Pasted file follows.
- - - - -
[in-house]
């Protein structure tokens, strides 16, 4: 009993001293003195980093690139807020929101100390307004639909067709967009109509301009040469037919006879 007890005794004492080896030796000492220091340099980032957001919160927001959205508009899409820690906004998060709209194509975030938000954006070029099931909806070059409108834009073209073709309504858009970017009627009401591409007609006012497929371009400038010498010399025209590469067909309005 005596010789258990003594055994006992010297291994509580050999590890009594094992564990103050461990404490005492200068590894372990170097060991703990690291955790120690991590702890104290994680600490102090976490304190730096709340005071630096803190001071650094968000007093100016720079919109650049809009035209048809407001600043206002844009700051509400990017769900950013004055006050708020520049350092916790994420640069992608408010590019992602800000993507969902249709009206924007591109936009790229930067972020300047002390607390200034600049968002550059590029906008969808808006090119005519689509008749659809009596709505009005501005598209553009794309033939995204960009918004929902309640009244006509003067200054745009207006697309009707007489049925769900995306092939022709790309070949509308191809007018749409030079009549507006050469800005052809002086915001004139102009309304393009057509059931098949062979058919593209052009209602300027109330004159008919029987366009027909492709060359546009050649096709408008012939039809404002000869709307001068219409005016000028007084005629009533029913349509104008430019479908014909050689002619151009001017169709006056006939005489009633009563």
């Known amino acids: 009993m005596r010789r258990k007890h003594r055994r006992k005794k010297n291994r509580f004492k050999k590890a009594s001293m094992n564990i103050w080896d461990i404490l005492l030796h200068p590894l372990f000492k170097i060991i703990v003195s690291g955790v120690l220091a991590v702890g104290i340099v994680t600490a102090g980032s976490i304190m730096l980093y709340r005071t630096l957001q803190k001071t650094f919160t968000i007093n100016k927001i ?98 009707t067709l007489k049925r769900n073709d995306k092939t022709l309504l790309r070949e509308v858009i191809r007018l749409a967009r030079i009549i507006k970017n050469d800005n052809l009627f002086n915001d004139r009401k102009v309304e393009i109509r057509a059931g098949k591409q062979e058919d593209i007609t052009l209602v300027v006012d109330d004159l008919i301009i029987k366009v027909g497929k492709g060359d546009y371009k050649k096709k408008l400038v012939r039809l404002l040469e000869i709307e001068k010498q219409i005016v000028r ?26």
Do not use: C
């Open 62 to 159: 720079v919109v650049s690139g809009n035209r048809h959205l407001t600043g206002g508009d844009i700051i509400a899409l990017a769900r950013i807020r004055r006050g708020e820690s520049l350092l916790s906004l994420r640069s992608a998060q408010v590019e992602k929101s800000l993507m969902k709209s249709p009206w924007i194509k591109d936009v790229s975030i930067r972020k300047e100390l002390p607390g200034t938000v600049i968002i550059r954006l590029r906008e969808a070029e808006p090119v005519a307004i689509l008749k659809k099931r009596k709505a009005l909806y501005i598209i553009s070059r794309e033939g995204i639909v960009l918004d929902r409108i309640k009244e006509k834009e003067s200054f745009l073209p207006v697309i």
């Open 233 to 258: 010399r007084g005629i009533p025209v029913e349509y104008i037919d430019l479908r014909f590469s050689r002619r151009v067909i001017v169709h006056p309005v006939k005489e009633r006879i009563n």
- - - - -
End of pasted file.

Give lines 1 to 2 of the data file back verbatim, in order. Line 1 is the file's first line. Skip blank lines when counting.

[in-house]
């Protein structure tokens, strides 16, 4: 009993001293003195980093690139807020929101100390307004639909067709967009109509301009040469037919006879 007890005794004492080896030796000492220091340099980032957001919160927001959205508009899409820690906004998060709209194509975030938000954006070029099931909806070059409108834009073209073709309504858009970017009627009401591409007609006012497929371009400038010498010399025209590469067909309005 005596010789258990003594055994006992010297291994509580050999590890009594094992564990103050461990404490005492200068590894372990170097060991703990690291955790120690991590702890104290994680600490102090976490304190730096709340005071630096803190001071650094968000007093100016720079919109650049809009035209048809407001600043206002844009700051509400990017769900950013004055006050708020520049350092916790994420640069992608408010590019992602800000993507969902249709009206924007591109936009790229930067972020300047002390607390200034600049968002550059590029906008969808808006090119005519689509008749659809009596709505009005501005598209553009794309033939995204960009918004929902309640009244006509003067200054745009207006697309009707007489049925769900995306092939022709790309070949509308191809007018749409030079009549507006050469800005052809002086915001004139102009309304393009057509059931098949062979058919593209052009209602300027109330004159008919029987366009027909492709060359546009050649096709408008012939039809404002000869709307001068219409005016000028007084005629009533029913349509104008430019479908014909050689002619151009001017169709006056006939005489009633009563």